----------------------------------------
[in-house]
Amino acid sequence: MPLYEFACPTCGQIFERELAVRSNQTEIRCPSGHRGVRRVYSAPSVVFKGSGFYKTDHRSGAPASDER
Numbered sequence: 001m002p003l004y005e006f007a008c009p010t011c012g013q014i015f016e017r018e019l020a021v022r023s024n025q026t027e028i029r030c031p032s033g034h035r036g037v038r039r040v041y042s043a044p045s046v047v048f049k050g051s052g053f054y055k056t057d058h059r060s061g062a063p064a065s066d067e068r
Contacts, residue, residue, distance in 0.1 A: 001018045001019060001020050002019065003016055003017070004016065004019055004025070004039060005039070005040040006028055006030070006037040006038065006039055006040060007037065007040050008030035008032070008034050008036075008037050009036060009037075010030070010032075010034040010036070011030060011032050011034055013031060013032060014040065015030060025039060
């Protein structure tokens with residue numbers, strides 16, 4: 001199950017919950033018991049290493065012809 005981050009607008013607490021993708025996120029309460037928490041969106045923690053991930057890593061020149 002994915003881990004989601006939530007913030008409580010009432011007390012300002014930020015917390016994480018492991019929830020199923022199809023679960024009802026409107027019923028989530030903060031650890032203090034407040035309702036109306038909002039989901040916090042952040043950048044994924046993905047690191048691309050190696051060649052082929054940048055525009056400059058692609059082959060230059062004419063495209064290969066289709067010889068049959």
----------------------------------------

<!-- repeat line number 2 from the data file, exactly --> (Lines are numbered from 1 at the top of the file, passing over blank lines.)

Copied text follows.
Amino acid sequence: MPLYEFACPTCGQIFERELAVRSNQTEIRCPSGHRGVRRVYSAPSVVFKGSGFYKTDHRSGAPASDER